Those reporters in the shrinking pockets of independent media that Anatoly referred to, like their counterparts internationally, work in the fissures between these competing media hegemons, and face the constant temptation to defect to a side where they could actually make a living. It’s not so easy for a Venezuelan stringer to get picked up by the New York Times, for a number of reasons, and even if s/he did, there would always be the added danger of being targeted as “enemy” media in Venezuela, piled on top of just being a journalist in opposition to the government. On the other hand, Western journalists have found it quite easy, and convenient to defect over to the authoritarians, as it’s evident from the number of U.S. journalists like Ed Schultz, Thom Hartmann, Chris Hedges and others now working at RT television network, part of Putin’s project to undermine liberal democracy in the West.

And, of course, populist authoritarians are experts at turning liberalism against itself. Look no further than Hugo Chávez. As Anatoly said, “he benefited from amnesty after spending only two years in prison for giving orders that killed dozens of people (in the ‘92 coup attempt). He was able to run (for president) because of a free press that gave him all sorts of coverage; because of courts that habilitated him and treated him fairly. And he understood that if he wanted to stay in power, these things couldn’t continue anymore. So he used the tools of liberal democracy to come to power, and once in power, he destroyed them.”

Media outlets like Telesur and Venezuelan state media don’t actually do any real reporting. They’re just given a script and told, ‘read this.’ That’s not reporting; it’s propaganda.”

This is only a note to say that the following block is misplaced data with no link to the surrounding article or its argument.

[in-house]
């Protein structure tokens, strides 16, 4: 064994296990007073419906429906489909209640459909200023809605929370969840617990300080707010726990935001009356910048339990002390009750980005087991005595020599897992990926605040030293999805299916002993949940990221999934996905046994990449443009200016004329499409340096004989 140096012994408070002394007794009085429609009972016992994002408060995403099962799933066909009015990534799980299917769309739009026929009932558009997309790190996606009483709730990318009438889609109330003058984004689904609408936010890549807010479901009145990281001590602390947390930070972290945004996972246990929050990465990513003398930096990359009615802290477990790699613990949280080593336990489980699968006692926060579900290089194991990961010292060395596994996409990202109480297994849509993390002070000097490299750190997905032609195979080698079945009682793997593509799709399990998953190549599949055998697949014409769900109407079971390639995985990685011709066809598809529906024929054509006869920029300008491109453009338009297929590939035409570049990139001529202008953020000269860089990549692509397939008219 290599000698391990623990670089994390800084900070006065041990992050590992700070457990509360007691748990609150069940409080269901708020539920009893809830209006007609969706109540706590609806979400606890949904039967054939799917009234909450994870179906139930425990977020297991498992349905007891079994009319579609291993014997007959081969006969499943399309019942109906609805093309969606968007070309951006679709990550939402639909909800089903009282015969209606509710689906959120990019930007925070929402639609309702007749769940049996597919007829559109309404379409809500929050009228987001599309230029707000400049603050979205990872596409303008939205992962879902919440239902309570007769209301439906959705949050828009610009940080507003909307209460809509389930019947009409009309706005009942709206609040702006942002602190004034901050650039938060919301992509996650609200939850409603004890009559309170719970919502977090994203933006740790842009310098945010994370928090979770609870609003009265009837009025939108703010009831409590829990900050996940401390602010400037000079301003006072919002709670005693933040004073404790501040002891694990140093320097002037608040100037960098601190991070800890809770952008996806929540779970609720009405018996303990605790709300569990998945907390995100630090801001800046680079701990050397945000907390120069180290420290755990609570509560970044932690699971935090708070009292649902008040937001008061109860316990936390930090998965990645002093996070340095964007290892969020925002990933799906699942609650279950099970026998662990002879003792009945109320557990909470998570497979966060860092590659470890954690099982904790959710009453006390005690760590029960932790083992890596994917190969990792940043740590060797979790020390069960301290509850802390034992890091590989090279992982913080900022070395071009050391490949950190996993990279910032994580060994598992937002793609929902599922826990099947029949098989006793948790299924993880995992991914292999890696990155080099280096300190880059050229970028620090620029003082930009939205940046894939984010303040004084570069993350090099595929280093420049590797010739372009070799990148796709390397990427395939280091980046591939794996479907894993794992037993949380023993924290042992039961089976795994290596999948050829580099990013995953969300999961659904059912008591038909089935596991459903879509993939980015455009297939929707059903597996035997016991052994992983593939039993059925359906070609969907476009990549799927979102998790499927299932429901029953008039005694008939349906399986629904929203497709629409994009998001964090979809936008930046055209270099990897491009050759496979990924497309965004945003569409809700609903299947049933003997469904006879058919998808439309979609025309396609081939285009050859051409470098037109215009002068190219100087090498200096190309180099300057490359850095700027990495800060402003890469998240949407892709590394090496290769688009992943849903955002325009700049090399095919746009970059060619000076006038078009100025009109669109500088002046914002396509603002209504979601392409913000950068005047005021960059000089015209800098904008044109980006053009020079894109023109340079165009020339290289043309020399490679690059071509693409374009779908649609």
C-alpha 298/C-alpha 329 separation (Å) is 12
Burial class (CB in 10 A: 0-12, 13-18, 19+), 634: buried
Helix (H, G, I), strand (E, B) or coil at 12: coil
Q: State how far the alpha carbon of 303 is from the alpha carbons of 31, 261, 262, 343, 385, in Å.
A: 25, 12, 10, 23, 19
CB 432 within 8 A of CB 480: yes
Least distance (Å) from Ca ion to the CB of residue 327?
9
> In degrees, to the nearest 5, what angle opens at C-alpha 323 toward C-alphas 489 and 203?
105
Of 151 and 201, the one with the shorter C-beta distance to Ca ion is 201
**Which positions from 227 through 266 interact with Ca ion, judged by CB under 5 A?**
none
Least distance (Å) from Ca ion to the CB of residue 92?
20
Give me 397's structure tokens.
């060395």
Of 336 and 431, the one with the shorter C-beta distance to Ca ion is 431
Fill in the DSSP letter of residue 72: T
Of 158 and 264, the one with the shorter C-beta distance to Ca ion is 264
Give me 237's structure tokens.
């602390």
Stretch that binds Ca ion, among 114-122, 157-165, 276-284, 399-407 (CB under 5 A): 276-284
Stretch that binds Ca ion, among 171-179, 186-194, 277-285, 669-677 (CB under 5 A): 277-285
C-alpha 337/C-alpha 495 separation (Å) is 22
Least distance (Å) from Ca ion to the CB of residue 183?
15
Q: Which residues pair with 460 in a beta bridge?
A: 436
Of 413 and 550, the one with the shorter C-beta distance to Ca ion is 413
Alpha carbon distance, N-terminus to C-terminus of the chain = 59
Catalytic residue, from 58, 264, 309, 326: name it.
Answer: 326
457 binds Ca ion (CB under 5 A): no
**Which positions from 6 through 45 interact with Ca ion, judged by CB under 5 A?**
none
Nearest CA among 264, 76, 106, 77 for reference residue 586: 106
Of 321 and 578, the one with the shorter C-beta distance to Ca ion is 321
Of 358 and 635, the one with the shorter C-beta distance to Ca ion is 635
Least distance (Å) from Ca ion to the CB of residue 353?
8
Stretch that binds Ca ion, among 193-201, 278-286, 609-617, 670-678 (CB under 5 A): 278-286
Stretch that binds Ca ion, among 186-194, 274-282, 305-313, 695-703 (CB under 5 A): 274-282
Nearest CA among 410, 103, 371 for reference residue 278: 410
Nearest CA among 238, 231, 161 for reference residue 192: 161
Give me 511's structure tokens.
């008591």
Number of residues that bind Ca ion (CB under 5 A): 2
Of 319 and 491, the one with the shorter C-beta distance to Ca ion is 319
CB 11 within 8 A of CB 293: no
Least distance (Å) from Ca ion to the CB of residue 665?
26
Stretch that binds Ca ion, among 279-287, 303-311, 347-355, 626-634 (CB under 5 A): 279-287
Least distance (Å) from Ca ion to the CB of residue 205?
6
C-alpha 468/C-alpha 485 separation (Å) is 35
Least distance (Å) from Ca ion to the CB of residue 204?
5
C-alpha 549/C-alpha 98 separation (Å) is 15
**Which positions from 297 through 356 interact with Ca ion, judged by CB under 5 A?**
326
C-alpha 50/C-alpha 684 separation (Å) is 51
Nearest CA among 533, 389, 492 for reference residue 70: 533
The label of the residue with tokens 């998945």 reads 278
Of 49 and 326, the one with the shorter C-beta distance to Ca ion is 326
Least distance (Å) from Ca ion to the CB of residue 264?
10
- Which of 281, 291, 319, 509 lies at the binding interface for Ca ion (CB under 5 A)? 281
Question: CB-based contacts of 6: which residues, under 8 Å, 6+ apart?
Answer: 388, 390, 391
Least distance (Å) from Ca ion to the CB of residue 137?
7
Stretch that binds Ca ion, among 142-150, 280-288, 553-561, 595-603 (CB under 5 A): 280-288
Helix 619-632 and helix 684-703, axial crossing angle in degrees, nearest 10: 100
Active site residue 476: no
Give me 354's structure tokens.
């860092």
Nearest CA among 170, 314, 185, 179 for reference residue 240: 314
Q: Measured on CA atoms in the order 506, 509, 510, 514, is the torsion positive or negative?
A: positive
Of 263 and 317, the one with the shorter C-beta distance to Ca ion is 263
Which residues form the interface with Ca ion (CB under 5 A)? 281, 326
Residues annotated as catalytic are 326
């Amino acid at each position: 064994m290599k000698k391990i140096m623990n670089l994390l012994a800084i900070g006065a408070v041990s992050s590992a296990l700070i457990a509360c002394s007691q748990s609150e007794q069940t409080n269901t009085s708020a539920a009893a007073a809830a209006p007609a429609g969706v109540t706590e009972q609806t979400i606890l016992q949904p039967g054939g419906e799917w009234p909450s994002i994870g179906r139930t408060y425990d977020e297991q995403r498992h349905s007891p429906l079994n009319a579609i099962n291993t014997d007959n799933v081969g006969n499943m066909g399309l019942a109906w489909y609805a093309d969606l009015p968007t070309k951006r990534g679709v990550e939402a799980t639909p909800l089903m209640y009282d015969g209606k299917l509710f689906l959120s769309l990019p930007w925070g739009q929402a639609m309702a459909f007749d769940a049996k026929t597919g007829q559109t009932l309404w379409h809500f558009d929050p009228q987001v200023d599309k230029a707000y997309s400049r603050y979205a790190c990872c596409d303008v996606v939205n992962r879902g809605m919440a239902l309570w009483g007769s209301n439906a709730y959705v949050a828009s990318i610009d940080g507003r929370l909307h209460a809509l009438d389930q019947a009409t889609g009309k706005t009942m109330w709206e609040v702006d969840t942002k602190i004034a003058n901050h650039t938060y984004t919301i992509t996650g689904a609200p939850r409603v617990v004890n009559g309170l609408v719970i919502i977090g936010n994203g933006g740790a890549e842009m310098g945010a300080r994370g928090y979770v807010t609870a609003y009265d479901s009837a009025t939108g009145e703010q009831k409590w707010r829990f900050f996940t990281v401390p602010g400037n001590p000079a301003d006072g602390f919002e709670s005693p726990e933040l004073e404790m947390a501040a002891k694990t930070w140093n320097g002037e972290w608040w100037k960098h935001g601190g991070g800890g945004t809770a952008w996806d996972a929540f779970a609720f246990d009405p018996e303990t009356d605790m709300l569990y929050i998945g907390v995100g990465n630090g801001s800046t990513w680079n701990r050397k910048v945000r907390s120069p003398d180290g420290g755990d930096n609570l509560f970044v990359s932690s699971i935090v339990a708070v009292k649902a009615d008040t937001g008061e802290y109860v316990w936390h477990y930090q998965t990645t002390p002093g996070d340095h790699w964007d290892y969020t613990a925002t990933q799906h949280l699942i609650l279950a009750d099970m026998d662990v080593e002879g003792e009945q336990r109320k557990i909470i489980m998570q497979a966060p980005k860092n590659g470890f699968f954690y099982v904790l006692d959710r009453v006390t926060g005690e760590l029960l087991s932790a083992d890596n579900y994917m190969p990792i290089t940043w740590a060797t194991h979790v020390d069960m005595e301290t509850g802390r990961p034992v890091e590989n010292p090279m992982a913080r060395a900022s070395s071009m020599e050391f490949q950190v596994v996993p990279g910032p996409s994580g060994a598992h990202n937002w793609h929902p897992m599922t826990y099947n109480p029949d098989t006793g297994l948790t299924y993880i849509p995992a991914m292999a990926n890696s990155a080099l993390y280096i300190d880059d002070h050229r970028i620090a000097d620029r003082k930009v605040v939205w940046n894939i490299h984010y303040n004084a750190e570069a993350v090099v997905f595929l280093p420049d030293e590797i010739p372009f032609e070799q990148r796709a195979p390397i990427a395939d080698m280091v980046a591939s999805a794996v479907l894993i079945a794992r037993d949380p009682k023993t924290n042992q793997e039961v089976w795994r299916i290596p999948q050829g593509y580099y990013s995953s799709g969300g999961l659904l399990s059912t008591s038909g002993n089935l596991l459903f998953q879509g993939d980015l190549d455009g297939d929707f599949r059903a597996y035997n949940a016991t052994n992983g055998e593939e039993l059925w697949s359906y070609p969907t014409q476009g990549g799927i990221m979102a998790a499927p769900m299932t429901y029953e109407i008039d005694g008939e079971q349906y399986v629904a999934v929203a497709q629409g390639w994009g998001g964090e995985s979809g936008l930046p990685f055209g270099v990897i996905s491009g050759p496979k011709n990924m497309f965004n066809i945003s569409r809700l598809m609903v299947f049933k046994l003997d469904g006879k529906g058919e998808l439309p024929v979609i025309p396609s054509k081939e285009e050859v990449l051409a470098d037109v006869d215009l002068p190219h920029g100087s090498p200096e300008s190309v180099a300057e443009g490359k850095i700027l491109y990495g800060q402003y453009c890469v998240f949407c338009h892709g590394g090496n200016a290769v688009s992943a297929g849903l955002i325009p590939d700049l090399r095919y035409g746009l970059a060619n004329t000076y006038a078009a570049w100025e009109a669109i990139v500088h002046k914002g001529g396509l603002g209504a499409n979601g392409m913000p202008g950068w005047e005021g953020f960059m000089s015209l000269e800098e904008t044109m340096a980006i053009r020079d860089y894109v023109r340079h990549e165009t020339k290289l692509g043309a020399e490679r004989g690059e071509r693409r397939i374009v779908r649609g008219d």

Chávez unleashed forces that continue to undermine and endanger liberal democracy the world over. Anatoly said that “technology which was touted a couple of decades ago as a liberator and a tool of democracy, is actually being used against democracy by non-liberal regimes and the opponents of liberal democracy. And what’s happened in Venezuela has been the obliteration of the country’s social core. It hasn’t been caused by any war, or any ethnic strife or any external factor, but just completely by an incompetent, corrupt authoritarianism and here are (the results of) the dangers of the illiberal order. Today there are no ifs or buts about who destroyed Venezuela: the State controls everything and has all the power, and it’s not possible to spin the situation any other way.”

In an interview I did with Anatoly after his talk, I mentioned the problem of media concentration in the hands of half a dozen transnational corporations. I pointed out that Telesur has been seen by many on the left as an attempt to break that domination.

“Media concentration and media interests are real issues that I don’t want to brush aside, but again, in the case of Venezuela, I wouldn’t say they’re relevant because there is no counter-narrative to report on. People are, broadly speaking, eating less and less, and people are dying from preventable diseases (with no access to medicine), and there’s no real counter-narrative to report.”

“[As for ‘economic sabotage’] there’s absolutely zero evidence that it’s happening on anything like a systematic basis to make it an issue. And outlets like Telesur and Venezuelan state media, that are portrayed as voices of real truth or a counter-balance to western media interests, don’t actually do any real reporting. They don’t go out in the streets and find out what’s happening. They’re just given a script and told, ‘read this.’ That’s not reporting; it’s propaganda.”

I asked Anatoly if RT and other Russian state media outlets are picking up the Telesur feeds as the basis for their reports, and he said yes, but that even Russian media, which he describes as “a docile, propagandistic media apparatus,” “realizes that the whole economic sabotage and war theories are so ridiculous that… well, you won’t even see that on Russian TV.”

Clifton Ross

Clifton Ross recently published his political memoir documenting his conversion from Chavismo to the opposition. He lives in Berkeley, California with his wife and co-editor, Marcy Rein, and their two cats.